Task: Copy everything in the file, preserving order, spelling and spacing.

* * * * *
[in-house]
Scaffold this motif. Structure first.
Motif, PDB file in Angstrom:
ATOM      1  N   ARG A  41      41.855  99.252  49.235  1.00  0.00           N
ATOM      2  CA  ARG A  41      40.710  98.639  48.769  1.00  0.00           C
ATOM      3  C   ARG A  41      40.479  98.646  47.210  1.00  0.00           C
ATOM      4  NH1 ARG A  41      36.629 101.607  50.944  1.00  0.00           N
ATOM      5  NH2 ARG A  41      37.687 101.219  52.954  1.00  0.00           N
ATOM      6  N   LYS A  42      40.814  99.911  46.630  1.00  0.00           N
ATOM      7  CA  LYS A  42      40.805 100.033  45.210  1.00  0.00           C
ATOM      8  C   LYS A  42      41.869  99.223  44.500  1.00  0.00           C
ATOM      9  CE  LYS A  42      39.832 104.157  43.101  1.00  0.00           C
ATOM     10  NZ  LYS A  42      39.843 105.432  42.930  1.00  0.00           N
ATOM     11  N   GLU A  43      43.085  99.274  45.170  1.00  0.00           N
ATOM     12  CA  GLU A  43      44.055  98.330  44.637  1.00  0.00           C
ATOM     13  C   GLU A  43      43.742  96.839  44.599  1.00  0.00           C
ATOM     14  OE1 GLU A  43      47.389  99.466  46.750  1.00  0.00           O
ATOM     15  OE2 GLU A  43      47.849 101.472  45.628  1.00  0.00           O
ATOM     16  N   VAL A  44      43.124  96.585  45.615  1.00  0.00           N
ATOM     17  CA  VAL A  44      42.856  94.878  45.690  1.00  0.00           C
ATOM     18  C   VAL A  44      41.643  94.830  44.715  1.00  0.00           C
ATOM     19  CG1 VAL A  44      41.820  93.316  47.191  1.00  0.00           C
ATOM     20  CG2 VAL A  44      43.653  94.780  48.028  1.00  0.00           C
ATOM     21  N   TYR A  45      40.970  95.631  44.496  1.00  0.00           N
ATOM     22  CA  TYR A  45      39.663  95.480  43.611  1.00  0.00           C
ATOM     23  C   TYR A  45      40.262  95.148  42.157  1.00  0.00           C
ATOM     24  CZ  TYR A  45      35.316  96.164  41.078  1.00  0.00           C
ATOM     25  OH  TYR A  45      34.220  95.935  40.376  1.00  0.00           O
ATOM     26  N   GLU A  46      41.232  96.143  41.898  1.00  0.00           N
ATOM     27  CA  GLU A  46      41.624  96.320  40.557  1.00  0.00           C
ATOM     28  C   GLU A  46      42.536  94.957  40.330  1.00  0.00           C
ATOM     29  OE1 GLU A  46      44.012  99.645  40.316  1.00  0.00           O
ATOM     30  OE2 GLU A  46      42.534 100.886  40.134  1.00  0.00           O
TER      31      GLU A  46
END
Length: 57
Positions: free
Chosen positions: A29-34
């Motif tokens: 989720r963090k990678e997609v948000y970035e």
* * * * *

[in-house]
Scaffold this motif. Structure first.
Motif, PDB file in Angstrom:
ATOM      1  N   ARG A  41      41.855  99.252  49.235  1.00  0.00           N
ATOM      2  CA  ARG A  41      40.710  98.639  48.769  1.00  0.00           C
ATOM      3  C   ARG A  41      40.479  98.646  47.210  1.00  0.00           C
ATOM      4  NH1 ARG A  41      36.629 101.607  50.944  1.00  0.00           N
ATOM      5  NH2 ARG A  41      37.687 101.219  52.954  1.00  0.00           N
ATOM      6  N   LYS A  42      40.814  99.911  46.630  1.00  0.00           N
ATOM      7  CA  LYS A  42      40.805 100.033  45.210  1.00  0.00           C
ATOM      8  C   LYS A  42      41.869  99.223  44.500  1.00  0.00           C
ATOM      9  CE  LYS A  42      39.832 104.157  43.101  1.00  0.00           C
ATOM     10  NZ  LYS A  42      39.843 105.432  42.930  1.00  0.00           N
ATOM     11  N   GLU A  43      43.085  99.274  45.170  1.00  0.00           N
ATOM     12  CA  GLU A  43      44.055  98.330  44.637  1.00  0.00           C
ATOM     13  C   GLU A  43      43.742  96.839  44.599  1.00  0.00           C
ATOM     14  OE1 GLU A  43      47.389  99.466  46.750  1.00  0.00           O
ATOM     15  OE2 GLU A  43      47.849 101.472  45.628  1.00  0.00           O
ATOM     16  N   VAL A  44      43.124  96.585  45.615  1.00  0.00           N
ATOM     17  CA  VAL A  44      42.856  94.878  45.690  1.00  0.00           C
ATOM     18  C   VAL A  44      41.643  94.830  44.715  1.00  0.00           C
ATOM     19  CG1 VAL A  44      41.820  93.316  47.191  1.00  0.00           C
ATOM     20  CG2 VAL A  44      43.653  94.780  48.028  1.00  0.00           C
ATOM     21  N   TYR A  45      40.970  95.631  44.496  1.00  0.00           N
ATOM     22  CA  TYR A  45      39.663  95.480  43.611  1.00  0.00           C
ATOM     23  C   TYR A  45      40.262  95.148  42.157  1.00  0.00           C
ATOM     24  CZ  TYR A  45      35.316  96.164  41.078  1.00  0.00           C
ATOM     25  OH  TYR A  45      34.220  95.935  40.376  1.00  0.00           O
ATOM     26  N   GLU A  46      41.232  96.143  41.898  1.00  0.00           N
ATOM     27  CA  GLU A  46      41.624  96.320  40.557  1.00  0.00           C
ATOM     28  C   GLU A  46      42.536  94.957  40.330  1.00  0.00           C
ATOM     29  OE1 GLU A  46      44.012  99.645  40.316  1.00  0.00           O
ATOM     30  OE2 GLU A  46      42.534 100.886  40.134  1.00  0.00           O
TER      31      GLU A  46
END
Length: 57
Positions: free
Chosen positions: A29-34
């Motif tokens: 989720r963090k990678e997609v948000y970035e």